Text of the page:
Not long ago, the motion systems used in medical and lab automation equipment had technical requirements that were easy to satisfy. These lightly loaded applications generally required simple point-to-point moves with low to moderate positioning accuracy requirements.

With the exception of surgical robots and some diagnostic systems, many medical machines still have modest positioning accuracy requirements compared to applications such as semiconductor and electronics assembly. Yet the motion axes in medical machines have to run smoothly, quietly and sometimes at high speeds.

Medical motion systems have therefore had to become more sophisticated to keep pace with two unfolding trends in the medical machine marketplace:

  • Miniaturization. Diagnostic equipment, DNA sequencers and other types of automation systems occupy less space than in years past, and these machines increasingly require streamlined mechanical designs.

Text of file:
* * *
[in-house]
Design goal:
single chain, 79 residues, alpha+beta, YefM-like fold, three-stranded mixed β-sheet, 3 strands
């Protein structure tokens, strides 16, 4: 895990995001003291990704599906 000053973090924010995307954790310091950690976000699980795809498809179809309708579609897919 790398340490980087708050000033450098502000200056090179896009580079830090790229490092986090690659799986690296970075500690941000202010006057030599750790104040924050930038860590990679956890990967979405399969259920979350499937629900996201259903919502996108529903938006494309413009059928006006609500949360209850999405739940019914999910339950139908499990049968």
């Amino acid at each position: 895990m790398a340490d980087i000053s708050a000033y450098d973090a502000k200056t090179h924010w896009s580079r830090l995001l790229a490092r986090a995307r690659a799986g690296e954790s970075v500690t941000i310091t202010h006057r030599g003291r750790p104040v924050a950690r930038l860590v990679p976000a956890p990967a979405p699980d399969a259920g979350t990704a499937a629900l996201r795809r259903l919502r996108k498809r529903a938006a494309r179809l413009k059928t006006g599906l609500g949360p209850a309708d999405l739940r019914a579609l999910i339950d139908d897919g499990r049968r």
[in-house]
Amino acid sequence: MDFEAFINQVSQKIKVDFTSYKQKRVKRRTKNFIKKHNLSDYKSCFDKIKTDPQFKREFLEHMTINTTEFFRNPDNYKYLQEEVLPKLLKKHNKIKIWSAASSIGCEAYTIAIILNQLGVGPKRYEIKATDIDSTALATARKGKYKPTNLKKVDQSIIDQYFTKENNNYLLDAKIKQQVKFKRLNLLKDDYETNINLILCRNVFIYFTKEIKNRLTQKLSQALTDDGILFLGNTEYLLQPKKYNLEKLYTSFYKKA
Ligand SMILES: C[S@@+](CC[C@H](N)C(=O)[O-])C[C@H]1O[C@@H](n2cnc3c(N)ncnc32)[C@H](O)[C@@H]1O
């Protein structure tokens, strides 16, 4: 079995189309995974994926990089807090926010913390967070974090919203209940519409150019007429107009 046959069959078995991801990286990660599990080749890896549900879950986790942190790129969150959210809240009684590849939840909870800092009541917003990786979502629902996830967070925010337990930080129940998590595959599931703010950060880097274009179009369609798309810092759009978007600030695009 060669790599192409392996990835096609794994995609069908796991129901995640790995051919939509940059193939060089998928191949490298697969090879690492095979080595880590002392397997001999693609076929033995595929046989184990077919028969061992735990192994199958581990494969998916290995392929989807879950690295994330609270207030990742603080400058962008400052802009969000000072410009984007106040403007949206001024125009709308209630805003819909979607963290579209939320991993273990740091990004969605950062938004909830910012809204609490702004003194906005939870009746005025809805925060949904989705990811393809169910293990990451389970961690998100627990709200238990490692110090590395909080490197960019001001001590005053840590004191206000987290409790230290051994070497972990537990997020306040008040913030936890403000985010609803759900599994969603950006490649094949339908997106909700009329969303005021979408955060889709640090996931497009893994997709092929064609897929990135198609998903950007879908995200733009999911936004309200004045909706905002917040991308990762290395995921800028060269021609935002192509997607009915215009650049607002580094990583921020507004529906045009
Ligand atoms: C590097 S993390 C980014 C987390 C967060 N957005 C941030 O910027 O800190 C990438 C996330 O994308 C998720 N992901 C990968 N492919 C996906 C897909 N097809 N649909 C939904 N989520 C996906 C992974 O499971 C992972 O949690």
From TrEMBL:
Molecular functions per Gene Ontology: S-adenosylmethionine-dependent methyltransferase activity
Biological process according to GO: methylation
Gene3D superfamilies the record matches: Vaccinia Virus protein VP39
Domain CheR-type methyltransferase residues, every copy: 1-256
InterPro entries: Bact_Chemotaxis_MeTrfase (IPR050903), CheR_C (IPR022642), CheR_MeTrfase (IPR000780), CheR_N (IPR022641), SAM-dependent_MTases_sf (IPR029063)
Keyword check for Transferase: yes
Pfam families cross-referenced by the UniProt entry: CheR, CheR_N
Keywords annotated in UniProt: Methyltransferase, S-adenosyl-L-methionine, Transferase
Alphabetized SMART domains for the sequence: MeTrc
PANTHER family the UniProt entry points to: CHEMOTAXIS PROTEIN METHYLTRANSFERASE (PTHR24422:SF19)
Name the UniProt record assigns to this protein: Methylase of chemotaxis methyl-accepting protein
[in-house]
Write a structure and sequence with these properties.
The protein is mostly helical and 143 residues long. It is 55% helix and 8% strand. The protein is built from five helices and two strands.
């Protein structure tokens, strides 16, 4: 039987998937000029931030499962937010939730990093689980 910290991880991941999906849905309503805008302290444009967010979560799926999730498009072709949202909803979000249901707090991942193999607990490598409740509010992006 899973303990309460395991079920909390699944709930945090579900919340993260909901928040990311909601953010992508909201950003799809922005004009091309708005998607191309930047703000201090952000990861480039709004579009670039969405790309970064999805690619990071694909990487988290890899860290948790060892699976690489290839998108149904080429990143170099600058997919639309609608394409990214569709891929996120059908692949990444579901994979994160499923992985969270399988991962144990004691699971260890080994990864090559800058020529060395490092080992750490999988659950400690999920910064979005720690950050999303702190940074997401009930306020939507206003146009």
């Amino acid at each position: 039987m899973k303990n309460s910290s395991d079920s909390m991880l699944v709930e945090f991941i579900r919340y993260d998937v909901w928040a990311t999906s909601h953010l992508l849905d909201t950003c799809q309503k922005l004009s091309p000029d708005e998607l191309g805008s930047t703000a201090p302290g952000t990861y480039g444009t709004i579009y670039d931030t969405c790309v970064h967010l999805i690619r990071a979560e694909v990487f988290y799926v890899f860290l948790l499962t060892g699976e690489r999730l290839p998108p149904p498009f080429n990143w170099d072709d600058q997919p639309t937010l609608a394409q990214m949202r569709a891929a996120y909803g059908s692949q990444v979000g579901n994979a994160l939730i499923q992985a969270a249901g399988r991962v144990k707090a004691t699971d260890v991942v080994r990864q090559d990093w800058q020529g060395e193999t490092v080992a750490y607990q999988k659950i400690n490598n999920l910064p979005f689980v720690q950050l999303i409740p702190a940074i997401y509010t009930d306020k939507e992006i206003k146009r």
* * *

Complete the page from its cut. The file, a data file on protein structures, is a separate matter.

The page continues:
• Increasing demand for reliability and low cost of ownership. Linear guides can make a big difference in how well the machine runs and how much it will cost to keep running.

The next generation of medical machines will need linear guides that are compact relative to the loads they carry. They will also need to run smoothly with adequate precision and integrate design features that ensure the machine has a long, trouble-free life.

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